‘I took one look at the house and I knew, I just knew’ recounts Jane Fonda in softly-spoken tone. In a theatrical video that appeared online at the beginning of the year, the two-time Academy Award winner shared her personal memories to say goodbye to the impressive modernist mansion that she had bought in 2012. Engaging with new technologies, Fonda provocatively merges private self with public identity.
The publicity of the private, argues architectural historian Beatriz Colomina in Privacy and Publicity: Modern Architecture and Mass Media, is a product of modernity. With the emergence of the mass media that have come to define twentieth-century culture, the inside of the house became an extension of the public life of spectacle. It is in this vein that Henning Strassburger’s JANE, the artist’s second exhibition with Sies + Höke challenges notions of public and private, exterior and interior.
Upon entering the gallery we find ourselves within a domestic interior - as if we walked into Fonda’s home, but bereft of its polished luxury. A window is fully covered with neutral-coloured blinds to deliberately return our gaze to the interior. A table made of raw concrete evokes modernist associations; a monotone male voice is heard through the loudspeaker of a projection showing a broadcast in continuous loop; and abstracted paintings of bold colour are perfectly placed on the walls. Even though there is something eerie and uncomfortable to this flawless setting, a sense of security is produced by the position of its familiar objects. As such, Strassburger’s comfort in this space signifies both physical control and psychological shelter.
On closer inspection we realise that the concrete table takes its form and shape from the measurements of Fonda’s lot, whereby the pool, a recurring subject in Strassburger’s practice, is cut out, leaving a void. The architectural remodelling is based on satellite imagery sourced from Google Maps, which are publicly accessible. A short video clip, shot on an Iphone in low resolution and shaky appearance, captures the immediate Beverly Hills neighbourhood and enhances our understanding of the affluent surroundings of Fonda’s former home. We are evidently stalking and thus exploiting the actress’ privacy.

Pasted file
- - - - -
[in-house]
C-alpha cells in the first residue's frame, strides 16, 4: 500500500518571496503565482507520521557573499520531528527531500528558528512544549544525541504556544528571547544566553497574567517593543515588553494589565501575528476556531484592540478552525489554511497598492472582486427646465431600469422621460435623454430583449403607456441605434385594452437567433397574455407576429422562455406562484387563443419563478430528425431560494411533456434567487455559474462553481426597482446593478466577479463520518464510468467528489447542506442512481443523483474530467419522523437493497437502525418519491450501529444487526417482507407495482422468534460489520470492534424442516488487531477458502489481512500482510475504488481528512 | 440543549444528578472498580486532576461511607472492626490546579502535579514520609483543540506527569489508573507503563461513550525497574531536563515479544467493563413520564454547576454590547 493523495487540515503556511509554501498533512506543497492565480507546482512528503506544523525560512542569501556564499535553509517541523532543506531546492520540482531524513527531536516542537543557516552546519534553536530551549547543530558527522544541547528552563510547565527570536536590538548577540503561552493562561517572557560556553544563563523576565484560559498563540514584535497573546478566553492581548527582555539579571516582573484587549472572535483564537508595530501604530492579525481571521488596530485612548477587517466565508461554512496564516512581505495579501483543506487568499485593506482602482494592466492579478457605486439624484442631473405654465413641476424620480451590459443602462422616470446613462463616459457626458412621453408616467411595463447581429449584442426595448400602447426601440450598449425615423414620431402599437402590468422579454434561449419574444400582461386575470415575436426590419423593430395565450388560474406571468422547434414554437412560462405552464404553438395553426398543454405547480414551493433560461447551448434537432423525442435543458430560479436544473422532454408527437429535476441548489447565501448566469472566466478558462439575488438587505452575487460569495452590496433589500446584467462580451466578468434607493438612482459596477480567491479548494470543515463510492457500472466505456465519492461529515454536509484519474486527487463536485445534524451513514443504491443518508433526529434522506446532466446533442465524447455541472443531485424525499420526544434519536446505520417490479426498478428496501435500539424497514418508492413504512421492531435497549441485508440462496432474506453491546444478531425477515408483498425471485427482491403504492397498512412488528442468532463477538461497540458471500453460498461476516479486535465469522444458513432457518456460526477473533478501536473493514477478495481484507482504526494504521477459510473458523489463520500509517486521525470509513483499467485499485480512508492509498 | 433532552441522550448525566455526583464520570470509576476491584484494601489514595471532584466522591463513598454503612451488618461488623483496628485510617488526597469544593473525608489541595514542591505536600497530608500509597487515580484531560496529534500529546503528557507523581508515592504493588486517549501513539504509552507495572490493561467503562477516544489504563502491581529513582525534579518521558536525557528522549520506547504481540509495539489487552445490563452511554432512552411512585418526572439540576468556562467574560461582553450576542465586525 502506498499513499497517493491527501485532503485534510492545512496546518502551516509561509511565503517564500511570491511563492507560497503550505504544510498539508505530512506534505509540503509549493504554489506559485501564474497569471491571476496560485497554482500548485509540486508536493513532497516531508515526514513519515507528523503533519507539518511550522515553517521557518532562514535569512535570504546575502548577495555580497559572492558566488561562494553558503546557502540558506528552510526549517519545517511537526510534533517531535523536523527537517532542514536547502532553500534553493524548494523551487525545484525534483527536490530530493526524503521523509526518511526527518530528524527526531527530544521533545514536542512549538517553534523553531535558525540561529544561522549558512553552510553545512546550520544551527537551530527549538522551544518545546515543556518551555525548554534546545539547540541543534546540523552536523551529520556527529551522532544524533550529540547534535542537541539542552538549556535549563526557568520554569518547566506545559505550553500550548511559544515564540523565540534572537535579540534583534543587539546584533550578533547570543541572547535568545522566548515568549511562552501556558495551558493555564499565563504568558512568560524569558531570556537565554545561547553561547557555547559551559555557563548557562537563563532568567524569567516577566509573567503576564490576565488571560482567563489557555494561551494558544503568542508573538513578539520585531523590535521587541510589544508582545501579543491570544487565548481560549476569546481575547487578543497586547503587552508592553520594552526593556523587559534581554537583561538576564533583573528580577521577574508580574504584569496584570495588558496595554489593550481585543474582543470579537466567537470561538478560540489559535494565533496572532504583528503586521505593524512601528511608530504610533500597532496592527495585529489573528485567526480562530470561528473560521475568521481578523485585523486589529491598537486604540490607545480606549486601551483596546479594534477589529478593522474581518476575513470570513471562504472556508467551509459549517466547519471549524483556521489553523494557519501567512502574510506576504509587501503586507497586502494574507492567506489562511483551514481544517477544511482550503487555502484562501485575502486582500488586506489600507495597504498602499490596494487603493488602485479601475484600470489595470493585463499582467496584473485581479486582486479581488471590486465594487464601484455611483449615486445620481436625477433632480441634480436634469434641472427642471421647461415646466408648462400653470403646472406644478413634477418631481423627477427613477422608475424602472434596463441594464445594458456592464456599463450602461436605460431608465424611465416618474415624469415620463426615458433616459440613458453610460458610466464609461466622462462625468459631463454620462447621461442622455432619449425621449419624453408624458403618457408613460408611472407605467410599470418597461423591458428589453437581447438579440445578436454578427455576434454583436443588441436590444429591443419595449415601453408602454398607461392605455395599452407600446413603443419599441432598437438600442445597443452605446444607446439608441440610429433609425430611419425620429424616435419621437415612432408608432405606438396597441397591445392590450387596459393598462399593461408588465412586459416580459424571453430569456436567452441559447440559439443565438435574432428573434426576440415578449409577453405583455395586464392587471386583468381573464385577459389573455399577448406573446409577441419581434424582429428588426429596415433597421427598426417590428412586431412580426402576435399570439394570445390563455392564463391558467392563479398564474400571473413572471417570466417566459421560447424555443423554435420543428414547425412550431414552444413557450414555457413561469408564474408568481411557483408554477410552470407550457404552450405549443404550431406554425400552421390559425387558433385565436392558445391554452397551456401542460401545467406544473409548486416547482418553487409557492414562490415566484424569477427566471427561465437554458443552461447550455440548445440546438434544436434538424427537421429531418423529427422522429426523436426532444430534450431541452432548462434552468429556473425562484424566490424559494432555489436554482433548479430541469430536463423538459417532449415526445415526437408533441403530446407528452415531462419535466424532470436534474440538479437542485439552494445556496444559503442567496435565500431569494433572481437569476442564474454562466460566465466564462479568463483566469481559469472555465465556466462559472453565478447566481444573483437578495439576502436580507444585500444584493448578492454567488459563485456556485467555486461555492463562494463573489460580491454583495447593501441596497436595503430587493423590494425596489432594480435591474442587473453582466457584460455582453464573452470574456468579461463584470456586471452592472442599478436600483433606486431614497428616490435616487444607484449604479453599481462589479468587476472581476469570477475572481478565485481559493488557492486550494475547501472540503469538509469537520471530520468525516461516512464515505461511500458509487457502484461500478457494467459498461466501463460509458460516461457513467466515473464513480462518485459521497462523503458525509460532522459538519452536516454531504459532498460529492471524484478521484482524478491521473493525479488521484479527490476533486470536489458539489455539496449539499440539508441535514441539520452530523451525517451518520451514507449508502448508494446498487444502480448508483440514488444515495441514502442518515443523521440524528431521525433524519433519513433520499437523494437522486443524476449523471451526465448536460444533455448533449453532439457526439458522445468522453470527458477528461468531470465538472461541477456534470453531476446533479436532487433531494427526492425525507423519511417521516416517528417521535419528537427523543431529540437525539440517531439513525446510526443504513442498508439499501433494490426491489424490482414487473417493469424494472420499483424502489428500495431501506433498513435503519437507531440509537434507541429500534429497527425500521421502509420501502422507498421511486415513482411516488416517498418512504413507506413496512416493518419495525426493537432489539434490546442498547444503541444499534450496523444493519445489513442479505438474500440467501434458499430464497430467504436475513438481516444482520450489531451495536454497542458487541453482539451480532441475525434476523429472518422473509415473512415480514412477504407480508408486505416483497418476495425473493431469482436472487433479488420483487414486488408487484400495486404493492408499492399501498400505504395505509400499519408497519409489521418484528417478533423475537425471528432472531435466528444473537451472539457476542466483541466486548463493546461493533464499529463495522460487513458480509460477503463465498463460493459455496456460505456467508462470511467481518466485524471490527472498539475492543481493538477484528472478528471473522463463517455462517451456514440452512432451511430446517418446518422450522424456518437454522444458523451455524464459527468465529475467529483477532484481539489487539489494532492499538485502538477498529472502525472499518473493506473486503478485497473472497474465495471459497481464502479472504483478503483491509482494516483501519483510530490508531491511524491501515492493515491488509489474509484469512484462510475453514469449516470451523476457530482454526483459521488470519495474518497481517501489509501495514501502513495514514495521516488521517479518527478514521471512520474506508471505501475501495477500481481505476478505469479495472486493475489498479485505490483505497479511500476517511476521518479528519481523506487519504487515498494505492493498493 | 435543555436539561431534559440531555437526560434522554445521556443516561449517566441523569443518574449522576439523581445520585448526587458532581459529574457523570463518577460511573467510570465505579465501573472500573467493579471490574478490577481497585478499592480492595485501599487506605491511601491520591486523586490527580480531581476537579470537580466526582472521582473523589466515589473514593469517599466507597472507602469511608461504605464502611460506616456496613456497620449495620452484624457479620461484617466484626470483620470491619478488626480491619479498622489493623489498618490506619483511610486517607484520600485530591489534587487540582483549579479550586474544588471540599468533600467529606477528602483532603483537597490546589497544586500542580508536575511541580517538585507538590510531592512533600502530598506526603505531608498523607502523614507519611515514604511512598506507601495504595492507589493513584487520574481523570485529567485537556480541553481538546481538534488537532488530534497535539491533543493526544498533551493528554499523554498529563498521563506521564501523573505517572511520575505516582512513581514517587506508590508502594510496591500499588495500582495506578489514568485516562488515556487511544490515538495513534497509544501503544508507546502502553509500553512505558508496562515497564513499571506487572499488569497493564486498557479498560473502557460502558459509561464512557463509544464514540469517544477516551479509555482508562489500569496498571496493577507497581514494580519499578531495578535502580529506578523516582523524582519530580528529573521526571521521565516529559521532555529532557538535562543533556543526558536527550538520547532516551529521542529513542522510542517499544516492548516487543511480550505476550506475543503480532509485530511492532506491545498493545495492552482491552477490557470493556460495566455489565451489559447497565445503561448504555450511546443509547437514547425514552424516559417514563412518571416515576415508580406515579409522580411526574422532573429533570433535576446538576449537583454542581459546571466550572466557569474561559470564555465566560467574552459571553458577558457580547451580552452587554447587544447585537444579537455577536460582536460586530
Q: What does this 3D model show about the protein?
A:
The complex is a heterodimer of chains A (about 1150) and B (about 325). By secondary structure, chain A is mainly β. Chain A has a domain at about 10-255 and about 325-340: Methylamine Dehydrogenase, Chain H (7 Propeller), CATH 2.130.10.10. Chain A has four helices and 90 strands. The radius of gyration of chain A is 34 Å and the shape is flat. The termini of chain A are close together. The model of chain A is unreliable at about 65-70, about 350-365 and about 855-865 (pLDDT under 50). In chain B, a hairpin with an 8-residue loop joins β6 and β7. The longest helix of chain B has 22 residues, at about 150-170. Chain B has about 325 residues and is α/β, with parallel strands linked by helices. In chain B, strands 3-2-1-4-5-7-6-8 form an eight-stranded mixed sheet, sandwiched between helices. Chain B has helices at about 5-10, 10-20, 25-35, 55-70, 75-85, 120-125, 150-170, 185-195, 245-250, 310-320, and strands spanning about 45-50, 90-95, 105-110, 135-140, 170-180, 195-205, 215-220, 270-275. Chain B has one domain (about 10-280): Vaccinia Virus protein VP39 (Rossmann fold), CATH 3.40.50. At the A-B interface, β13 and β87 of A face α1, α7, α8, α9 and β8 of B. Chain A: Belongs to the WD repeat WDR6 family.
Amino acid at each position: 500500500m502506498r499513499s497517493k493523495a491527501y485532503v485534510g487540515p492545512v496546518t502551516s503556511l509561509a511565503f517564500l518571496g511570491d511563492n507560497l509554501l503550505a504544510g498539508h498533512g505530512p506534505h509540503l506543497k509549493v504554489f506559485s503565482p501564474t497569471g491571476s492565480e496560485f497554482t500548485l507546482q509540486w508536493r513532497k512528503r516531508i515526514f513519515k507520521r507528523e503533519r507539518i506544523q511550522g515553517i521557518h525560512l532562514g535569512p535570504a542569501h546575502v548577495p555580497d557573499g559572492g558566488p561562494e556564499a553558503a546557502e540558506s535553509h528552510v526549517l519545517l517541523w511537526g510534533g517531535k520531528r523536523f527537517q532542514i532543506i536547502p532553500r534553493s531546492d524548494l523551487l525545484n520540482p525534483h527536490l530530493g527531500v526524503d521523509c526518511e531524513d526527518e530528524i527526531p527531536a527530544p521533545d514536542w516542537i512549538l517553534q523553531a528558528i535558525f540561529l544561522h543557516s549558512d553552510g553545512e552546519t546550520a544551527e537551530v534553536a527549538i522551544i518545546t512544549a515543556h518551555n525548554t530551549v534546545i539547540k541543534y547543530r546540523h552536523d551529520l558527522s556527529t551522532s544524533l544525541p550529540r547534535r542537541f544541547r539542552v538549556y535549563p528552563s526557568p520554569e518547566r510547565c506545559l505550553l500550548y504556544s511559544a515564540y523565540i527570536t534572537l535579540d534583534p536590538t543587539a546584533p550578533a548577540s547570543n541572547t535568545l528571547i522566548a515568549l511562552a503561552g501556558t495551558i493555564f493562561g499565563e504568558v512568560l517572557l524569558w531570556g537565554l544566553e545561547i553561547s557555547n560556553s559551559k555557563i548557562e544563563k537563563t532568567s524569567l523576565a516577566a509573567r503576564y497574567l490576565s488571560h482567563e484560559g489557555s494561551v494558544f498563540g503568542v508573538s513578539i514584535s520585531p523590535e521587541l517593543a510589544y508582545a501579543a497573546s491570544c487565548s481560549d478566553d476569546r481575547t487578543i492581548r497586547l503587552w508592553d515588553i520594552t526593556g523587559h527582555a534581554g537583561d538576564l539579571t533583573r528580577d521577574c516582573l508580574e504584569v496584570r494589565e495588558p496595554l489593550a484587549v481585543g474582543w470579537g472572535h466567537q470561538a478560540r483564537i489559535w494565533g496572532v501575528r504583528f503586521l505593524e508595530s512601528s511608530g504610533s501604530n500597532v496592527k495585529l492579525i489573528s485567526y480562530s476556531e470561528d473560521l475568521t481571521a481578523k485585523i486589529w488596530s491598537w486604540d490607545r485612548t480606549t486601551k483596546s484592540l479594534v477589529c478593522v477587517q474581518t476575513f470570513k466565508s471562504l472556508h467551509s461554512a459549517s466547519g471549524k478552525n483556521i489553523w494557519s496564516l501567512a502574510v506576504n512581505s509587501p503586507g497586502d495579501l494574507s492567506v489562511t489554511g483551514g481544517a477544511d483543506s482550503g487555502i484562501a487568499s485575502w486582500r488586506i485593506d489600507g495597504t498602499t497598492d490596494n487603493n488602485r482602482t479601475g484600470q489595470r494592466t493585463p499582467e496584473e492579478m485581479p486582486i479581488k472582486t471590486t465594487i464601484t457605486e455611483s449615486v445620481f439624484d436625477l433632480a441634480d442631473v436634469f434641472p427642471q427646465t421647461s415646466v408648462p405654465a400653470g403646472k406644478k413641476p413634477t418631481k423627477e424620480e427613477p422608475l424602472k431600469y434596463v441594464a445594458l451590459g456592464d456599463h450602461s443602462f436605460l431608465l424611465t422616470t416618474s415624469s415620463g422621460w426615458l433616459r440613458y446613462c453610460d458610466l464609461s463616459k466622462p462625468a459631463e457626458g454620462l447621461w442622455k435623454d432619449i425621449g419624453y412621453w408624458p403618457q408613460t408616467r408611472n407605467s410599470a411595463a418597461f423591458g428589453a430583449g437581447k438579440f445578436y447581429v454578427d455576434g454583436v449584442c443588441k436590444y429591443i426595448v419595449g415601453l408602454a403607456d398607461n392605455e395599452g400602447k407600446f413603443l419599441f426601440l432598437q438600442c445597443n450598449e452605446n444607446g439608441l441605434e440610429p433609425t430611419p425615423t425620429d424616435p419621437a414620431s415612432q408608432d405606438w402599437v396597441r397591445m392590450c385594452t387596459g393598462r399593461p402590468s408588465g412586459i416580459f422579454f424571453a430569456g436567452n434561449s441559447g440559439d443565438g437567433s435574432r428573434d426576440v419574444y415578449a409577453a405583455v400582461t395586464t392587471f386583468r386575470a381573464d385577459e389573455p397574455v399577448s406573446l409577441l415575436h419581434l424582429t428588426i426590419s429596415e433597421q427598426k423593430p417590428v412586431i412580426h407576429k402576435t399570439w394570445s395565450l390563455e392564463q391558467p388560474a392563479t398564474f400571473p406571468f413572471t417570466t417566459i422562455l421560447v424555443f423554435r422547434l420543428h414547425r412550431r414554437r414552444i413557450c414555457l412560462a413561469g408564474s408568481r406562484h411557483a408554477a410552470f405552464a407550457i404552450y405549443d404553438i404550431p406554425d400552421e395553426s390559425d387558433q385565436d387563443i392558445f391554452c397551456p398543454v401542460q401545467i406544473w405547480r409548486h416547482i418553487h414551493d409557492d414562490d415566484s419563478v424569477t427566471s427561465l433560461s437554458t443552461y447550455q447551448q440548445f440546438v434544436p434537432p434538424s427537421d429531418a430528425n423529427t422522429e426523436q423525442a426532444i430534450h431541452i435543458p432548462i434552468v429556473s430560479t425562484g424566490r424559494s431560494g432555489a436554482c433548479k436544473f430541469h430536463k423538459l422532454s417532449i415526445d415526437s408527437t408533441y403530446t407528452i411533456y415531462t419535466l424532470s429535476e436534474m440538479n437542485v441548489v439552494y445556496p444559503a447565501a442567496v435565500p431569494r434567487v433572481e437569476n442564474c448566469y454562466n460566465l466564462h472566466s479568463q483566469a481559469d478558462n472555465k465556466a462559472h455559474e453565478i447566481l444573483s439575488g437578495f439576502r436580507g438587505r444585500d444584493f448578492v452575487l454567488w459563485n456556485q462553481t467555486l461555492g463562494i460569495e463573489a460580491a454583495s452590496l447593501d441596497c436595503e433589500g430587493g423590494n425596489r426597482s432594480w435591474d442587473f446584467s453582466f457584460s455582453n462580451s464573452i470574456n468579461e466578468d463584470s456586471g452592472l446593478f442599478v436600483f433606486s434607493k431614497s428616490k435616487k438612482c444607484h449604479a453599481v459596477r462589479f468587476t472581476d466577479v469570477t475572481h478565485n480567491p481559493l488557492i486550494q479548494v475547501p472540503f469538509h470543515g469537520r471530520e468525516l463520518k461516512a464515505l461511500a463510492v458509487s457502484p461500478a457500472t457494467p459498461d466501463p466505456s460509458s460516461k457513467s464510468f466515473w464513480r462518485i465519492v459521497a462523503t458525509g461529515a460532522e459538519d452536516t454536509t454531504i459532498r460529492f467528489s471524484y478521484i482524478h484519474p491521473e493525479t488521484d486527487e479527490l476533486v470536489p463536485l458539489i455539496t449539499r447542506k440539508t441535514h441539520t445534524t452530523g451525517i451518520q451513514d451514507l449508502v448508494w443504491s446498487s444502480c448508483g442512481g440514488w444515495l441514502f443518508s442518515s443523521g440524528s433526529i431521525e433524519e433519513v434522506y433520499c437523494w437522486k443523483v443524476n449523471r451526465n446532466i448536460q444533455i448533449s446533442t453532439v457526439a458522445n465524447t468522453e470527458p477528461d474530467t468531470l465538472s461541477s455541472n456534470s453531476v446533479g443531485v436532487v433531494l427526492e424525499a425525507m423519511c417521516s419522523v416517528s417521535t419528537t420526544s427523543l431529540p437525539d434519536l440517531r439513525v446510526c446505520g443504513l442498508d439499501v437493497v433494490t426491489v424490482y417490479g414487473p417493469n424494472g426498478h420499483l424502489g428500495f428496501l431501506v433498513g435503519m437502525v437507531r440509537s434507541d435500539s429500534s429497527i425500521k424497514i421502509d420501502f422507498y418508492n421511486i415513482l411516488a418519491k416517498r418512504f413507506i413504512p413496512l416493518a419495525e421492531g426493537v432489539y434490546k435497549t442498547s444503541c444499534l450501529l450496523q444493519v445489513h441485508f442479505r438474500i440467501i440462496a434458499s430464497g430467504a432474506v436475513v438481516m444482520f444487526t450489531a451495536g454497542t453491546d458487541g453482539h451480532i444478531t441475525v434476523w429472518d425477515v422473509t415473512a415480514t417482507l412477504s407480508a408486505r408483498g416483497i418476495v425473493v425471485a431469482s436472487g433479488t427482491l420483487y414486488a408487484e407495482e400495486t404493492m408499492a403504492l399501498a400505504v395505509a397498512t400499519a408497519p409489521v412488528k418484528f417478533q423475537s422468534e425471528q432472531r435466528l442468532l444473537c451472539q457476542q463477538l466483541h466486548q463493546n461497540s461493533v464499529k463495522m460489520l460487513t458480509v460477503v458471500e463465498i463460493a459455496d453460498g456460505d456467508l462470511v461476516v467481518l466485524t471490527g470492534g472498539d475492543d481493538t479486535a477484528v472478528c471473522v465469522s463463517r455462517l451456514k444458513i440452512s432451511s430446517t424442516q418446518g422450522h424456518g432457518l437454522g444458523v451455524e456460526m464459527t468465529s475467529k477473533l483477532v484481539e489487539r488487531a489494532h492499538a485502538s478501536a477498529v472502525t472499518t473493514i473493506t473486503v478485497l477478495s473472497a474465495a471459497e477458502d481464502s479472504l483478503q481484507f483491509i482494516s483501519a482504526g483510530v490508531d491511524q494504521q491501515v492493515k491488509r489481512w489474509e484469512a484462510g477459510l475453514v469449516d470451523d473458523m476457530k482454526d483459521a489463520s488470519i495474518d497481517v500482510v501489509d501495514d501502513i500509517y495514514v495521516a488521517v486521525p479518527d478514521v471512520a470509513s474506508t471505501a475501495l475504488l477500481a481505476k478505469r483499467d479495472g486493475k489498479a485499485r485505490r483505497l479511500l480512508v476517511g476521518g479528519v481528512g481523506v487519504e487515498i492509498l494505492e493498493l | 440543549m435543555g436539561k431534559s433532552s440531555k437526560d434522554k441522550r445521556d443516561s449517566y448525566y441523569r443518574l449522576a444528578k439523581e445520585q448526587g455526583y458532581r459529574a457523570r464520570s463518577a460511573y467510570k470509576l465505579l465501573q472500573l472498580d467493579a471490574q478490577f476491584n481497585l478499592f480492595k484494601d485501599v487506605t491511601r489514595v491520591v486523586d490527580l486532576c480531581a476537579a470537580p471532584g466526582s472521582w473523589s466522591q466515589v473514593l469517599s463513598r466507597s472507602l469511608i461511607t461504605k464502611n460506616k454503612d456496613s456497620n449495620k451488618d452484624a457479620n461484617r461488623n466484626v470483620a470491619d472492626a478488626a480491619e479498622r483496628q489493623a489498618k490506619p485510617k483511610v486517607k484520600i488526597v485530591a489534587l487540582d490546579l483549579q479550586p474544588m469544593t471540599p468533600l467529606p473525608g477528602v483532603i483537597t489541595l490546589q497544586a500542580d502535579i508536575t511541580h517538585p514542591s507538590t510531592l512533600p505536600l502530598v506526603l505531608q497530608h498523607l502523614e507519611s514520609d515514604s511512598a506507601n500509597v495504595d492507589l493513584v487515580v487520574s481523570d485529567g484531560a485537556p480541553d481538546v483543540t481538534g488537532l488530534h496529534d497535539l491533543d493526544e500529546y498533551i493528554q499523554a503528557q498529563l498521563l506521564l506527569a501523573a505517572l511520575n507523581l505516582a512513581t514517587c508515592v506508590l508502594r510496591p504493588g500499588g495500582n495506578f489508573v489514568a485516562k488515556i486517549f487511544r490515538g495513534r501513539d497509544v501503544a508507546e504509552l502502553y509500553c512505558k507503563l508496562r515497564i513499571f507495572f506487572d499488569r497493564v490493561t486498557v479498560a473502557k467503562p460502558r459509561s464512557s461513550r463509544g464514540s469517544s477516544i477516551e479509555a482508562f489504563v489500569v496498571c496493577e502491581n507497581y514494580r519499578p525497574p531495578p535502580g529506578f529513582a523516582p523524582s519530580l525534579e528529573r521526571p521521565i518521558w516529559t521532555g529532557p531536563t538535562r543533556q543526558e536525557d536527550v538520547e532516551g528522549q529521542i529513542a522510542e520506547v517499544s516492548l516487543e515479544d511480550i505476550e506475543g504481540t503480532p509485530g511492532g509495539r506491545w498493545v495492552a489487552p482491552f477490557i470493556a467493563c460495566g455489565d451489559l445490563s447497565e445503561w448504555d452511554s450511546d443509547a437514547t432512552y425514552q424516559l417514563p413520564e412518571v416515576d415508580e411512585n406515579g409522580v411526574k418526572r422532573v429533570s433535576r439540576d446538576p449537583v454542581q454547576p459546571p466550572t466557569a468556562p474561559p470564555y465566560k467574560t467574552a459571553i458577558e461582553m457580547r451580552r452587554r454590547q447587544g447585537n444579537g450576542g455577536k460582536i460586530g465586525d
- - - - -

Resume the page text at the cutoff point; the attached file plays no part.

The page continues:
The rigorous straight lines of the architectural table are traversed with fluid and carefree marks and swirls that are applied to the paintings. The guiding principles of Strassburger’s method are impulsive and determined at the same time. Colour and content overlap to merge into polychromatic and multi-layered canvases of abstract gestures. The graphic sensibilities that stem from an interest in advertising imagery convey a sense of lightness and intimacy that provide a refreshing counterpart to the otherwise cold and artificial environment.
The video projection retells Fonda’s promotional campaign. Her monologue is translated into German and narrated by a male counterpart. As much as challenging typical gender roles and their traditionally assigned public and private spheres, the work captures an emotional approach towards architecture and the home.
A further projection is shown in the upstairs gallery. The same actor is positioned against a dark background and his upper body is tightly framed by the camera angle. His tense body movements and minimal facial emotions seem to suggest a moment of aggression or defense that is directed against the viewer. Compellingly intimidating are the piercing eyes, which prompt us to recede and we find ourselves longing for that reassuring shelter that we call home.
Text: Jelena Seng
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